The barely concealed subtext of most slasher films is that the mysterious, faceless killer is sexually frustrated at best and impotent at worst; the idea is that he can only achieve release through the act of murder, which most often involves the employment of a big phallic knife. The murder scenes can thus be seen as a symbolic form of rape as it is frequently the promiscuous female characters who tend to die first after inflaming the killer’s sense of sexual frustration through their “provocative” behavior. This often leads to the unfortunate and reactionary moral that these young women have in fact been “asking for it” and that it is precisely their sexual promiscuity that has led to their untimely deaths. The Slumber Party Massacre humorously makes this subtext explicitly clear and then promptly subverts it: in the most infamous shot of the film (and one that inspired the equally notorious poster art), Thorn is seen from behind, his large drill dangling between his legs while a female victim cowers in fear in front of him. When viewers finally hear Thorn speak at the end of the film, he actually says, “You know you want it” to another potential victim. Shortly thereafter, when the women band together and finally decide to fight back, Thorn is killed only after being symbolically (and fittingly) castrated when one of them chops his drill bit in half with a machete. If I’m making this sound “academic,” believe me, it’s not. When seen with a group of people, this climactic scene never fails to produce screams of both fear and laughter.
While most discerning viewers will “get” Brown and Jones’ feminist angle, they still might be put off by the stilted acting and paper-thin characterization. I would argue however that any attempts to make the characters more “three dimensional” would only make the film resemble the bad horror movies it is deftly sending up (and who really wants to see a movie like this running any longer than its refreshingly fleet 78 minutes anyway?). The filmmakers’ approach to characterization is to take the typical female victim characters of the genre and have them behave more like how we’re used to seeing young men portrayed: these girls play basketball, are obsessed with baseball scores and statistics, look at pornography and repeatedly dominate their weak and ineffectual male counterparts both physically and intellectually. But because The Slumber Party Massacre was produced by Roger Corman, there is also a certain quotient of nudity, another staple of the genre, that must be met. Even in this area, though, Jones arguably succeeds in subverting the convention by making it transparently obvious that she does have a quota to fill. Early on there is a requisite post-basketball-practice shower scene in which Jones’ camera tracks alongside her female characters as they engage in superficial dialogue. At one point, Jones egregiously and hilariously tilts the camera down to show off a character’s nicely shaped ass. It’s as if she’s saying “Okay, this is what I have to do and therefore I’m going to be as obvious as possible in how I go about it.” (Jean-Luc Godard essentially did the same thing with a nude Brigitte Bardot in the opening of Le Mepris.) Similarly, in a scene where two teenage boys spy on the slumber partyers as they change into their pajamas, Jones essentially retards the inherent titillation factor by having the boys speak and act in such a childish manner throughout (“I don’t think we’ve been giving Kim the attention she deserves!”) that it seems as if she is chiding an assumed male viewer.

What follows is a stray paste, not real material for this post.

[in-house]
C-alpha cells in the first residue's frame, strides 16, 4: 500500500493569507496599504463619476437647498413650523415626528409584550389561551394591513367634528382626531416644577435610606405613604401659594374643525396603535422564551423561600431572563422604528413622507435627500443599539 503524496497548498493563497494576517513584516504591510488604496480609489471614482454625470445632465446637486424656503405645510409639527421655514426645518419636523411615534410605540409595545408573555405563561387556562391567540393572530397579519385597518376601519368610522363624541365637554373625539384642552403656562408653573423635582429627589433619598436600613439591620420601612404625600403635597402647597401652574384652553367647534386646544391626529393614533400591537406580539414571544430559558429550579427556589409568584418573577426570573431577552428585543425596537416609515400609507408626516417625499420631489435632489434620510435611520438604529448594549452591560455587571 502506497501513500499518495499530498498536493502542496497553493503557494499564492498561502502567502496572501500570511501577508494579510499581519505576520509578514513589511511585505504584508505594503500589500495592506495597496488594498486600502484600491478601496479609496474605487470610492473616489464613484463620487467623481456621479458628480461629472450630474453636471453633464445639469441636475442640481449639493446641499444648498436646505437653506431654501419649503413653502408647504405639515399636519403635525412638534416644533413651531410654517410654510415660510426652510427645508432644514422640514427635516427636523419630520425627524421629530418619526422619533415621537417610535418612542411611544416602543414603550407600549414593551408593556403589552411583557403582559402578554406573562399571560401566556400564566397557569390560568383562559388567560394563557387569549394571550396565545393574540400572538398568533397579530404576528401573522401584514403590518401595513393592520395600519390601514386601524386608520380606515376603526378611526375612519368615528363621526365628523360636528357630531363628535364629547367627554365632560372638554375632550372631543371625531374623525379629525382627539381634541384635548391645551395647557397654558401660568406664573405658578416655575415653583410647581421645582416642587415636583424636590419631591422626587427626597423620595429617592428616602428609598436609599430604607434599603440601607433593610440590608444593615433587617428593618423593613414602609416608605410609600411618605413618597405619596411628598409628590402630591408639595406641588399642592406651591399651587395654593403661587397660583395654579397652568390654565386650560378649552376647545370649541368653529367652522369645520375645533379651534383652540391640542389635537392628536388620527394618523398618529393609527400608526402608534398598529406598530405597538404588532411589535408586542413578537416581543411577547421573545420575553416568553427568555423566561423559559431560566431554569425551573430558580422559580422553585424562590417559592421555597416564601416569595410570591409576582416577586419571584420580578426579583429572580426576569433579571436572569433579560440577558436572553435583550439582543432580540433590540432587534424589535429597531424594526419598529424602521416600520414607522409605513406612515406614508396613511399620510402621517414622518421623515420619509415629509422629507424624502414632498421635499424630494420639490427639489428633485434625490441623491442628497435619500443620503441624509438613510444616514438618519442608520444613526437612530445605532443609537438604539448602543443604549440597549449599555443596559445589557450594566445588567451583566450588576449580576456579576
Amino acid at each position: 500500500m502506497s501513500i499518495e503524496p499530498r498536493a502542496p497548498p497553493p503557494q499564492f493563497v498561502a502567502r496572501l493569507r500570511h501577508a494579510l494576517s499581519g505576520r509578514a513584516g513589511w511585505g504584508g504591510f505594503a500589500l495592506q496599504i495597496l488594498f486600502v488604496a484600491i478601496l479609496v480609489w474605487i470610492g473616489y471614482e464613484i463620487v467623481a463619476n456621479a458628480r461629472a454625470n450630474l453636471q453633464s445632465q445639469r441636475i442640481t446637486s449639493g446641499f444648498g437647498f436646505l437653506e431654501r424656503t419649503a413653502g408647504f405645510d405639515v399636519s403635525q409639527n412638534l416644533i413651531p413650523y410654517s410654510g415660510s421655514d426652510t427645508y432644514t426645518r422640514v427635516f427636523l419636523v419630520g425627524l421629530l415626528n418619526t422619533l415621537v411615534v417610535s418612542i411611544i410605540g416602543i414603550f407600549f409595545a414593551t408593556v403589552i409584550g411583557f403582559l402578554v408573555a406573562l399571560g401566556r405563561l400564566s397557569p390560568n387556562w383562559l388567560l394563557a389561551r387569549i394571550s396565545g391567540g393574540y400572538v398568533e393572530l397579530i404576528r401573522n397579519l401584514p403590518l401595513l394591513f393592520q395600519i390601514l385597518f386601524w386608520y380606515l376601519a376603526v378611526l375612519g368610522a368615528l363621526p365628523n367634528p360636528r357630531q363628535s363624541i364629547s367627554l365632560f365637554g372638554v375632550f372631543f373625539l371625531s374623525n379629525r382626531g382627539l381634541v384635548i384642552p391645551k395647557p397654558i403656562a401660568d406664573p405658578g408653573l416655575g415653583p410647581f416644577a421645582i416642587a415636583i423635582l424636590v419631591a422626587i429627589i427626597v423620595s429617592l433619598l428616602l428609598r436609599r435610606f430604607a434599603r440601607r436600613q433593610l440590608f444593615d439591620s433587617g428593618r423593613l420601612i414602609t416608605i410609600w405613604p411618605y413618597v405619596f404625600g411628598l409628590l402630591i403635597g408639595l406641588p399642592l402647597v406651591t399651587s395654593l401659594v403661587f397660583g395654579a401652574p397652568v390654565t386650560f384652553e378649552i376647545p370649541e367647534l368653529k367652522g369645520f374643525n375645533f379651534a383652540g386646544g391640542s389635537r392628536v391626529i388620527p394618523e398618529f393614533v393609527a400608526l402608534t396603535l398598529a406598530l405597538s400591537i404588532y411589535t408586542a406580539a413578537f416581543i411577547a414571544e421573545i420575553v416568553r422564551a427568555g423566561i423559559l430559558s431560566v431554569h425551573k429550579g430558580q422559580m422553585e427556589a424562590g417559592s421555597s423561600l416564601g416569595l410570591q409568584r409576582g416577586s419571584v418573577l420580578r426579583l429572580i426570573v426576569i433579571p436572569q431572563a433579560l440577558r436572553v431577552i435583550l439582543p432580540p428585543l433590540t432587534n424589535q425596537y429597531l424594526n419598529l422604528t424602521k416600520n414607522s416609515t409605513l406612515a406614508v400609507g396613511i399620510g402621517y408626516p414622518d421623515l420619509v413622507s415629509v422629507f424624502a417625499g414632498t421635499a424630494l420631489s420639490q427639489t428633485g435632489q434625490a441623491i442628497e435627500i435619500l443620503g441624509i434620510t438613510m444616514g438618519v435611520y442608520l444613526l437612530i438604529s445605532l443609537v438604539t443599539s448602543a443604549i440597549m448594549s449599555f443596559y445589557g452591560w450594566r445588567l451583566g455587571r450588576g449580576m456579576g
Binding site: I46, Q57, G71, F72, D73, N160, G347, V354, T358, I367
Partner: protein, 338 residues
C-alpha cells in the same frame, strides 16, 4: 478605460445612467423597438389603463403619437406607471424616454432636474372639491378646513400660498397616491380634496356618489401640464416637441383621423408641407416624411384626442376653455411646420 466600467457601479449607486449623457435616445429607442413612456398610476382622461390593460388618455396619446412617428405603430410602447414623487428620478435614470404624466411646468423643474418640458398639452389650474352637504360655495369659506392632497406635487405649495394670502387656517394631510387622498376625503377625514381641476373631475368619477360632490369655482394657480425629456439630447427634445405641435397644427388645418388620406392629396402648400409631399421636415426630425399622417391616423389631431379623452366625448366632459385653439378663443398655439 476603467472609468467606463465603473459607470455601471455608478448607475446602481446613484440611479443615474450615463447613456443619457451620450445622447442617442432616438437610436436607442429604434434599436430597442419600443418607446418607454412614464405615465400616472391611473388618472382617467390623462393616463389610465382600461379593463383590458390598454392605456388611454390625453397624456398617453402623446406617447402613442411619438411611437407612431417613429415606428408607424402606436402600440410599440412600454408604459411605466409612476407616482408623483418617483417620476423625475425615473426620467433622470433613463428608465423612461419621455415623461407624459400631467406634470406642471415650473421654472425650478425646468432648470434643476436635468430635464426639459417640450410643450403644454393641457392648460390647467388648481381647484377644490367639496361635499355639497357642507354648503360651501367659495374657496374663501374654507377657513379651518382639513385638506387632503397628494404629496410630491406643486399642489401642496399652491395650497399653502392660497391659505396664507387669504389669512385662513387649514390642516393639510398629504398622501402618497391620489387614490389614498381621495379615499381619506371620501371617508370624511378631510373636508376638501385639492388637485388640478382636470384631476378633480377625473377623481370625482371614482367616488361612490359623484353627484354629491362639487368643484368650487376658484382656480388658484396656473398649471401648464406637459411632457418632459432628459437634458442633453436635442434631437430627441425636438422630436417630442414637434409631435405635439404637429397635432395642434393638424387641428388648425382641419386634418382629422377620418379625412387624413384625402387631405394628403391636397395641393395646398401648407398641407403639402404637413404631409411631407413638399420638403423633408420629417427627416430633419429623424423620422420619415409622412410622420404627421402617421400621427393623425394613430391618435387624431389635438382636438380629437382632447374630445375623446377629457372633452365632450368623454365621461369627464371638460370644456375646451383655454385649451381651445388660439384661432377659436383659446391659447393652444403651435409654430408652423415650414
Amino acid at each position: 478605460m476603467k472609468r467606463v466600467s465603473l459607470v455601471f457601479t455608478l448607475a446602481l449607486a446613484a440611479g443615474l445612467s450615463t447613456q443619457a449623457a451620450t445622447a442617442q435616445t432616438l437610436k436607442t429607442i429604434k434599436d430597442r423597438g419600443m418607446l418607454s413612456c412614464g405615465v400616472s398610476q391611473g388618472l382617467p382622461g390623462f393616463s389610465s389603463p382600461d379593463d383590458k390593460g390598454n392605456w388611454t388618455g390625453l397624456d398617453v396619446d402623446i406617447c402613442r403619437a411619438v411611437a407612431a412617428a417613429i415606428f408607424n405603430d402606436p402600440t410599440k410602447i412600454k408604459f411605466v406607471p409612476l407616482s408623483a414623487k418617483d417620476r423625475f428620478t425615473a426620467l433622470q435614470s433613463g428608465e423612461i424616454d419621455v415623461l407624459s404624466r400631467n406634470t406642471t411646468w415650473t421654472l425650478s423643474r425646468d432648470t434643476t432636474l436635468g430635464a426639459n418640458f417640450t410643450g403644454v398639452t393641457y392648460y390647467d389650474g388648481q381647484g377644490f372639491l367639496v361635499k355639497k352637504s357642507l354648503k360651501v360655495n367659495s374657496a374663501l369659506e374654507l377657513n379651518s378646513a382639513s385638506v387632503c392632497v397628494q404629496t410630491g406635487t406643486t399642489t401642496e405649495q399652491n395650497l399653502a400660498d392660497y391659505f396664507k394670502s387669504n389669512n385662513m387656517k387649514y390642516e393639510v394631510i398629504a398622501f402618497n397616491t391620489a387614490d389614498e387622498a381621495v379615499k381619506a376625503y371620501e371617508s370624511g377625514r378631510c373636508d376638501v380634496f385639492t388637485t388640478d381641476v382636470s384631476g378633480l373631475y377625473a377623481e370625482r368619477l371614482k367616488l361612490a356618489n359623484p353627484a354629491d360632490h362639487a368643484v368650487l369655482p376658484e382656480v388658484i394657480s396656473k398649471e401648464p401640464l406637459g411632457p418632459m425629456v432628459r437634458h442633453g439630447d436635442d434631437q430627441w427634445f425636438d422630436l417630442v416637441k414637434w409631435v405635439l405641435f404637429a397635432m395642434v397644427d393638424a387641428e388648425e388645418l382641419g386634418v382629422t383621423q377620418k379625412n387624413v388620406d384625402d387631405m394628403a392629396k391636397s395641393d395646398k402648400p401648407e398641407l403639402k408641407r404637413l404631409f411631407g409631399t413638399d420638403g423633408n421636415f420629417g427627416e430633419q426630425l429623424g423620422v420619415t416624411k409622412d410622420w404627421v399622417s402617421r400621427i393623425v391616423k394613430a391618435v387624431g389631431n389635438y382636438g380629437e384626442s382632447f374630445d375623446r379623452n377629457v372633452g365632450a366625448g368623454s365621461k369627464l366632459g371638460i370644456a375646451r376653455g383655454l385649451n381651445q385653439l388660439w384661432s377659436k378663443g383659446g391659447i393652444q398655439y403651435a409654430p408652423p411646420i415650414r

The Slumber Party Massacre is a fascinating relic of a bygone era, the era of my own vanished youth. Although, like most Corman-produced movies of its time, its initial theatrical release was extremely limited, the film gained new life on home video. At the dawn of the VHS era, when horror movies lived and died by their video box art, the clever VHS-cover artwork for The Slumber Party Massacre soon made the film a cult hit. Although I was a young horror movie aficionado in the mid-1980s and remember the VHS cover very well, I somehow never managed to see the film itself until a couple years ago when it was released as part of a triple-disc DVD set from Shout! Factory (alongside of its inevitable and inferior sequels). I immediately recognized it as the very best of the post-Halloween slashers, not only for its feminist critique but for its goofy humor and warmth as well. Unlike most movies of its kind, The Slumber Party Massacre refuses to have contempt for its characters and portrays them as a group of fun and likable girls instead. This is epitomized by my favorite scene in the film: the hapless heroines, expecting a pizza delivery, open the front door of Trish’s home only to find the delivery boy standing there, dead, with his eyes drilled out. A few minutes later, one of the girls touches his lifeless corpse and remarks that it’s cold. “But is the pizza?” asks another, who then promptly opens the cardboard box and begins to enjoy a slice. Every time I watch the film I feel something like a sense of love for both that character (I would’ve done the same thing, sister!) as well as the women who created her.